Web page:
Greetings again from the darkness. One of the best things about movies is that there are no rules. Most any story can be told by most any filmmaker in any way they see fit. Some people watch movies for escapism and purely for entertainment purposes, while others are looking for mental and creative stimulation. A separate category of movies would be what I call Lifetime Channel movies, which have been described by a friend as ‘melting brain cells faster than open bar night in Baton Rouge.’
Now to clarify, not all ‘Lifetime Channel movies’ are shown on that particular network. No, it’s more of a sub-genre that, when mentioned, is immediately recognizable to most movie lovers. As an example, take this synopsis: A handsome architect builds a seaside cottage for his beloved wife. She dies from a terminal disease, and the man goes into an emotional funk treating the house as a memorial to his wife. After two years, his wealthy in-laws evict him from the house. A spirited divorcee buys the house, and after their initial conflicts, the widower and divorcee hit it off. She brings the house and the widower back to life. All of that is in the trailer, so I haven’t spoiled anything.
Heck, I wish there was something to spoil here, but writer-director-editor Hernan Jimenez knows what his audience wants and never leaves the path. He bookends the movie with the husband holding the urn containing the ashes of his deceased wife. We note he is surrounded by the wonder of nature: a forest of majestic trees, a gorgeous waterfall, and the picturesque coastline (filmed in Canada). Bruno is played by Aden Young, and it’s clear he has an unhealthy attachment to the house he designed and built on land owned by his wife’s parents. They give him two weeks to vacate, and Bruno moves in with his quite supportive parents (Beau Bridges, Jackie Weaver), while his loyal friend played by Ken Jeong is often close by.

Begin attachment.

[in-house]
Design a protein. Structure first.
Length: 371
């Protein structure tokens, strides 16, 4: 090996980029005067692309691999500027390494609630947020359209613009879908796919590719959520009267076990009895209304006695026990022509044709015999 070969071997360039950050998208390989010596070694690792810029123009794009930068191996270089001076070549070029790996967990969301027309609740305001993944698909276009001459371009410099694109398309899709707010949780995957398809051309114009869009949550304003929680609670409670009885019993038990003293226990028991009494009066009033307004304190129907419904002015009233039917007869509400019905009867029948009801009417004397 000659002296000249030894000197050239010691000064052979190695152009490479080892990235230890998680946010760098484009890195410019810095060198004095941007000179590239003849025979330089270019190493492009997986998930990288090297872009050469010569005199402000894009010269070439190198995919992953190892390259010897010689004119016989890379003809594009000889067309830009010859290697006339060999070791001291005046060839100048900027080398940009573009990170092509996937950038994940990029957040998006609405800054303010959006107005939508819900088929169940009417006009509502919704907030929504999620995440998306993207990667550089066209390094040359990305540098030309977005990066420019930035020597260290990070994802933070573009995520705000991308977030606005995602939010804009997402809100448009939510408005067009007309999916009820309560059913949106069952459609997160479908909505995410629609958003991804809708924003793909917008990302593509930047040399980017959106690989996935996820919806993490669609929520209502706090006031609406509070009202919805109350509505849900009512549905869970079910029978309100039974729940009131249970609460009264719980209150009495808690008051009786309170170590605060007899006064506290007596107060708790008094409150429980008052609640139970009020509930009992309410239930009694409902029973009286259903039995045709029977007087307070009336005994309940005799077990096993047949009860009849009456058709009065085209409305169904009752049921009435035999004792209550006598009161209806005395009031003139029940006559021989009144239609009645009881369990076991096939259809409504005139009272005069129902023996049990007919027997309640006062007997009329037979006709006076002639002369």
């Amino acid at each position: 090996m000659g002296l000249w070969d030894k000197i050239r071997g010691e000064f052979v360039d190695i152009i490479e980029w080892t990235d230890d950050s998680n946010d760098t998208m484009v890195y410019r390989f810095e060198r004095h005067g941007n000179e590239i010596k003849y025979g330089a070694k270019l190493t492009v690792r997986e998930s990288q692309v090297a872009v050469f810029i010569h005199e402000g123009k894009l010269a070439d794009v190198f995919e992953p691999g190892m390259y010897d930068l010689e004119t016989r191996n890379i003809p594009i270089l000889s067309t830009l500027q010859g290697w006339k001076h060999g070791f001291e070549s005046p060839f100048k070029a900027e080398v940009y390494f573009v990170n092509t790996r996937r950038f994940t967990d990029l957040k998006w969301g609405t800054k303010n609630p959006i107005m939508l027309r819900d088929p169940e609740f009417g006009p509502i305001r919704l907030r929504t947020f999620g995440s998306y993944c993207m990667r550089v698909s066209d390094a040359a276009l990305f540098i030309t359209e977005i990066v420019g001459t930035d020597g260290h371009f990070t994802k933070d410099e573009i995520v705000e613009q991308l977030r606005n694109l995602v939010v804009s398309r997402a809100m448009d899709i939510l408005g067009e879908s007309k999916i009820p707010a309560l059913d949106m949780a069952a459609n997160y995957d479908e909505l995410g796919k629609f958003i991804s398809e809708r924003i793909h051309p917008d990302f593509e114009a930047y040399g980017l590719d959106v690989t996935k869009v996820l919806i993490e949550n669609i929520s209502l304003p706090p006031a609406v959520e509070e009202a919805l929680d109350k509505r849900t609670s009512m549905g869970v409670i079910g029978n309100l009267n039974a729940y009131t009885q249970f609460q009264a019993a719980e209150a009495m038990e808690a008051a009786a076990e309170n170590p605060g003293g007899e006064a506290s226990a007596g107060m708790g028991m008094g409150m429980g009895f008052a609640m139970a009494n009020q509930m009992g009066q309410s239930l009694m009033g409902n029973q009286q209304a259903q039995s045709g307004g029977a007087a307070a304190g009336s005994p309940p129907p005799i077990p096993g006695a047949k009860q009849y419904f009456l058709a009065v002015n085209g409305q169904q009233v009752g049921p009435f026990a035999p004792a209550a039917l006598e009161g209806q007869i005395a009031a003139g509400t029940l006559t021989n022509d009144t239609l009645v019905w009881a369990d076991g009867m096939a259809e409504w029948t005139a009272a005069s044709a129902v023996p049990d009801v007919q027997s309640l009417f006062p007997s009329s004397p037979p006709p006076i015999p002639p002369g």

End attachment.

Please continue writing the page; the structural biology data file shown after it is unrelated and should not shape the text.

Things pick up when Marie (Parker Posey) buys the cottage and hires Bruno as a contractor to bring her visions for the house to life. Of course, Bruno doesn’t tell her about his connection to the house, and somehow in this dinky little town where everybody knows everybody, no one else tells her either. As the two develop a relationship, Bruno never loses sight of his goal to get the house back. Marie is a charming and spirited woman who is writing a book on the link between moss and our lives. It’s really Marie’s outlook on life that makes the movie watchable at all, and in fact, focusing on her character likely would have provided more interesting options for the filmmaker. An even better scenario finds us crossing paths at that Baton Rouge open bar night.
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